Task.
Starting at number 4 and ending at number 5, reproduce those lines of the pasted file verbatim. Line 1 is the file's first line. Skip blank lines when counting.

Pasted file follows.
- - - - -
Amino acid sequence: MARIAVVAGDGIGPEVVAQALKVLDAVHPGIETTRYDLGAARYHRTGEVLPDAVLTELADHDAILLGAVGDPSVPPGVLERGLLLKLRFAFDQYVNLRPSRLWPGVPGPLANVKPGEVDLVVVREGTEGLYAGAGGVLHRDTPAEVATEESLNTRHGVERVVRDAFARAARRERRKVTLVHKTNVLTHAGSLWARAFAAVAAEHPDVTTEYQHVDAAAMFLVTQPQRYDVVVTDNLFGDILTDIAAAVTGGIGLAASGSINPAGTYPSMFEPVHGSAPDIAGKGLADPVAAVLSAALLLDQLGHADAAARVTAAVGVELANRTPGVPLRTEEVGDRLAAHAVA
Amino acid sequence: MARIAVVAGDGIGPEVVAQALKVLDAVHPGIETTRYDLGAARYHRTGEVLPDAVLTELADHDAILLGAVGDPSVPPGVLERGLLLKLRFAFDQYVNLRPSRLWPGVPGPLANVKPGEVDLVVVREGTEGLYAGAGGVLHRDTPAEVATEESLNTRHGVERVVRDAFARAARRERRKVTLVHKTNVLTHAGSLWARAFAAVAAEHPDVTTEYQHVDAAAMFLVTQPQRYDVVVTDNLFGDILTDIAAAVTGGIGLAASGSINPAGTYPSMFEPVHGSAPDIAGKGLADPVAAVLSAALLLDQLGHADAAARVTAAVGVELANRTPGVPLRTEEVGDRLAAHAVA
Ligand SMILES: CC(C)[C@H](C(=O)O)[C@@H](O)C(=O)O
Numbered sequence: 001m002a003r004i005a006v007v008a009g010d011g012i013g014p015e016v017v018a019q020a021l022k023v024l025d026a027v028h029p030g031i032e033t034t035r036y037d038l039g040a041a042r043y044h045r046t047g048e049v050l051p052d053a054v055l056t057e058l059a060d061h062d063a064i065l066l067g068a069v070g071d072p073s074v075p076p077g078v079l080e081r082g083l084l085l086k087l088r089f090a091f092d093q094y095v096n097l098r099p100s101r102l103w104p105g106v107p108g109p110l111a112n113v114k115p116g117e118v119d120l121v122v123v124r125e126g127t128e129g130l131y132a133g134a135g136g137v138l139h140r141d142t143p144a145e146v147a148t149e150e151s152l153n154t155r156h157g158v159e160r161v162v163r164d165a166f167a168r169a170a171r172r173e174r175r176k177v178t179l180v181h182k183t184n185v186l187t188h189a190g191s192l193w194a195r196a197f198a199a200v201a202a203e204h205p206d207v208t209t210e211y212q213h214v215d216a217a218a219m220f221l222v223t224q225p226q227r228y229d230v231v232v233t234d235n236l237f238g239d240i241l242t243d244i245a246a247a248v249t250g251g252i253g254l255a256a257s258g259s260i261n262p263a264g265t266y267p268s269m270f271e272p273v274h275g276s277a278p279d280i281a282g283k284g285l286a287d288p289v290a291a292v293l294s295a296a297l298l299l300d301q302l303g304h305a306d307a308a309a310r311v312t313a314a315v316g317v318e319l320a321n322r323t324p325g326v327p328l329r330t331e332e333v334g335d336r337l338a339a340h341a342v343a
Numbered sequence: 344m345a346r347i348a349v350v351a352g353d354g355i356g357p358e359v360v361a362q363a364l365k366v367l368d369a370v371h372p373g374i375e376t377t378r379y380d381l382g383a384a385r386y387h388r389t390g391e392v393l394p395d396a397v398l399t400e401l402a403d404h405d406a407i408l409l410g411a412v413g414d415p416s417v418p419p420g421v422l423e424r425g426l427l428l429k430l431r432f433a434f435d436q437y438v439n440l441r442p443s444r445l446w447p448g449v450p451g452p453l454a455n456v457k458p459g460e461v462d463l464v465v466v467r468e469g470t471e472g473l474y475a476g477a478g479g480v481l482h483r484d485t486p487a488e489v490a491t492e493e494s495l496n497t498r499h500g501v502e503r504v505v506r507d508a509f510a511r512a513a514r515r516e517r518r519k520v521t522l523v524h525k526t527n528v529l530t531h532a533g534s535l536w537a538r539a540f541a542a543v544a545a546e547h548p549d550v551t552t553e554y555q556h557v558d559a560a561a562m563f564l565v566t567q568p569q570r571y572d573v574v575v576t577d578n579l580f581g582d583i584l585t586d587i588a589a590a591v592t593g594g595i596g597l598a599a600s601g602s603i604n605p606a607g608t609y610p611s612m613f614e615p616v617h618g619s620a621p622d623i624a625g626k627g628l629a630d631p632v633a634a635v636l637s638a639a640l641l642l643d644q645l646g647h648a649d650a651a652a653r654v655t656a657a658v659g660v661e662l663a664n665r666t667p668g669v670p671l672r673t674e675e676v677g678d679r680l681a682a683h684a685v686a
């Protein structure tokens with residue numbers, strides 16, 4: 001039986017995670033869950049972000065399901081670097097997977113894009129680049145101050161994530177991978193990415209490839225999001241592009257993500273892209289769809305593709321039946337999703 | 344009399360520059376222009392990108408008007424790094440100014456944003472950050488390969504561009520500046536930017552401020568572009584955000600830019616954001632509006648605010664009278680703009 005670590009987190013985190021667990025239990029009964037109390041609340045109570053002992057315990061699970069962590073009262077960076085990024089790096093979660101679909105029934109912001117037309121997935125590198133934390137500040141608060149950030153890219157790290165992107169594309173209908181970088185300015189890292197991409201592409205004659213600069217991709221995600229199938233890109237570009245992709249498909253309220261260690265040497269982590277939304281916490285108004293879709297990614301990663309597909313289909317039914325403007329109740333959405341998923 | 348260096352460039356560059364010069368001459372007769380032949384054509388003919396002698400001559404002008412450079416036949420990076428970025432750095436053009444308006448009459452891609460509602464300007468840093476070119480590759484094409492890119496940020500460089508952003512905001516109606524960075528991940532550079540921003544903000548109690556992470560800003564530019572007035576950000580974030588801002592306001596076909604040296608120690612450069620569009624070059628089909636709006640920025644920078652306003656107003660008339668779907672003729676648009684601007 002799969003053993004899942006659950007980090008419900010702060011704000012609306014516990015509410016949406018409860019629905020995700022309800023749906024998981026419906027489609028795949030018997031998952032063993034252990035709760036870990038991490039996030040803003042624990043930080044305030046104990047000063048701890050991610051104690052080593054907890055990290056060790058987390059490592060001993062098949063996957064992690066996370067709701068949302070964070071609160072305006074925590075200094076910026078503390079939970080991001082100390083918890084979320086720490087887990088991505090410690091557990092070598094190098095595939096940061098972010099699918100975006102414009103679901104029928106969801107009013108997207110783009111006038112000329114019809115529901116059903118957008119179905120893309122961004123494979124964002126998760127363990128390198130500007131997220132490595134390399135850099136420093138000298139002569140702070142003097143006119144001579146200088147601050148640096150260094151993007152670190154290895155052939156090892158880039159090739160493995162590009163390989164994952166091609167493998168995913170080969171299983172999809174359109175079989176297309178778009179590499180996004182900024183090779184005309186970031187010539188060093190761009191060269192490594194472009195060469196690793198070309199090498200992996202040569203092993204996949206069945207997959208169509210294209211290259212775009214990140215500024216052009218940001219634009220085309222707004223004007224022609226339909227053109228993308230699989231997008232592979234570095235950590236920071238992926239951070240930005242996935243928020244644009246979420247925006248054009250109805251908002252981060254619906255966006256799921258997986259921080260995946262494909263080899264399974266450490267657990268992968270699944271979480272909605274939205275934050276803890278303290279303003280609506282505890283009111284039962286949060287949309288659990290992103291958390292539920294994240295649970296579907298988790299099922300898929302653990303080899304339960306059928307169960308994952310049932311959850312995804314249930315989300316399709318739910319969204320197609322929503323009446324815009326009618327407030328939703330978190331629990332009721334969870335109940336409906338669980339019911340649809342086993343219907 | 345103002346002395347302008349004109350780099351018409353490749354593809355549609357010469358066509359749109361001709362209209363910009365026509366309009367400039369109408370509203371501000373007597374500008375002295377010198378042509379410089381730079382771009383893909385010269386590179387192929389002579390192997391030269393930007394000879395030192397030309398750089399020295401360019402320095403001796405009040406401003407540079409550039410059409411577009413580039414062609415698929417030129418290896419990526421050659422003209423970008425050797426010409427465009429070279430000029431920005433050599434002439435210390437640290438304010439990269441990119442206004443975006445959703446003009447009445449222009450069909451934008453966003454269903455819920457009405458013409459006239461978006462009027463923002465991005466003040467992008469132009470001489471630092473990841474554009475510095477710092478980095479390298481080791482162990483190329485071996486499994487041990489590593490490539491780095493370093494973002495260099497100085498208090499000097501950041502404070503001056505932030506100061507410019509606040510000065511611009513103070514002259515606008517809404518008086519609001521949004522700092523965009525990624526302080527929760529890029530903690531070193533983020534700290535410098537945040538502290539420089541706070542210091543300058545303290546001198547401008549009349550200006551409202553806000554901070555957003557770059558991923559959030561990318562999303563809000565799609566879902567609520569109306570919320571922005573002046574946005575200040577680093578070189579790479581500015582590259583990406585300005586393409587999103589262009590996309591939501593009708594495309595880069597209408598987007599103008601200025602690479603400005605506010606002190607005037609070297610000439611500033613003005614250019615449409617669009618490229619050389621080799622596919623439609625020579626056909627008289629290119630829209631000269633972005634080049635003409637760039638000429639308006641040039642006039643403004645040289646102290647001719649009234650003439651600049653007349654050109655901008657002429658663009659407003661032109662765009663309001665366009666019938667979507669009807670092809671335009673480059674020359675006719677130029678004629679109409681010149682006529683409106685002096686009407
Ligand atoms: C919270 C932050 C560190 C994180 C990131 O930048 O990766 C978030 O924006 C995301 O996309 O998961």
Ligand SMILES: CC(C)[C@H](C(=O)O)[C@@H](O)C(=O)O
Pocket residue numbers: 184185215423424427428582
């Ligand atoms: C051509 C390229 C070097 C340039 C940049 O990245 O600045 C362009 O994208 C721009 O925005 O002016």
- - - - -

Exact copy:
Numbered sequence: 001m002a003r004i005a006v007v008a009g010d011g012i013g014p015e016v017v018a019q020a021l022k023v024l025d026a027v028h029p030g031i032e033t034t035r036y037d038l039g040a041a042r043y044h045r046t047g048e049v050l051p052d053a054v055l056t057e058l059a060d061h062d063a064i065l066l067g068a069v070g071d072p073s074v075p076p077g078v079l080e081r082g083l084l085l086k087l088r089f090a091f092d093q094y095v096n097l098r099p100s101r102l103w104p105g106v107p108g109p110l111a112n113v114k115p116g117e118v119d120l121v122v123v124r125e126g127t128e129g130l131y132a133g134a135g136g137v138l139h140r141d142t143p144a145e146v147a148t149e150e151s152l153n154t155r156h157g158v159e160r161v162v163r164d165a166f167a168r169a170a171r172r173e174r175r176k177v178t179l180v181h182k183t184n185v186l187t188h189a190g191s192l193w194a195r196a197f198a199a200v201a202a203e204h205p206d207v208t209t210e211y212q213h214v215d216a217a218a219m220f221l222v223t224q225p226q227r228y229d230v231v232v233t234d235n236l237f238g239d240i241l242t243d244i245a246a247a248v249t250g251g252i253g254l255a256a257s258g259s260i261n262p263a264g265t266y267p268s269m270f271e272p273v274h275g276s277a278p279d280i281a282g283k284g285l286a287d288p289v290a291a292v293l294s295a296a297l298l299l300d301q302l303g304h305a306d307a308a309a310r311v312t313a314a315v316g317v318e319l320a321n322r323t324p325g326v327p328l329r330t331e332e333v334g335d336r337l338a339a340h341a342v343a
Numbered sequence: 344m345a346r347i348a349v350v351a352g353d354g355i356g357p358e359v360v361a362q363a364l365k366v367l368d369a370v371h372p373g374i375e376t377t378r379y380d381l382g383a384a385r386y387h388r389t390g391e392v393l394p395d396a397v398l399t400e401l402a403d404h405d406a407i408l409l410g411a412v413g414d415p416s417v418p419p420g421v422l423e424r425g426l427l428l429k430l431r432f433a434f435d436q437y438v439n440l441r442p443s444r445l446w447p448g449v450p451g452p453l454a455n456v457k458p459g460e461v462d463l464v465v466v467r468e469g470t471e472g473l474y475a476g477a478g479g480v481l482h483r484d485t486p487a488e489v490a491t492e493e494s495l496n497t498r499h500g501v502e503r504v505v506r507d508a509f510a511r512a513a514r515r516e517r518r519k520v521t522l523v524h525k526t527n528v529l530t531h532a533g534s535l536w537a538r539a540f541a542a543v544a545a546e547h548p549d550v551t552t553e554y555q556h557v558d559a560a561a562m563f564l565v566t567q568p569q570r571y572d573v574v575v576t577d578n579l580f581g582d583i584l585t586d587i588a589a590a591v592t593g594g595i596g597l598a599a600s601g602s603i604n605p606a607g608t609y610p611s612m613f614e615p616v617h618g619s620a621p622d623i624a625g626k627g628l629a630d631p632v633a634a635v636l637s638a639a640l641l642l643d644q645l646g647h648a649d650a651a652a653r654v655t656a657a658v659g660v661e662l663a664n665r666t667p668g669v670p671l672r673t674e675e676v677g678d679r680l681a682a683h684a685v686a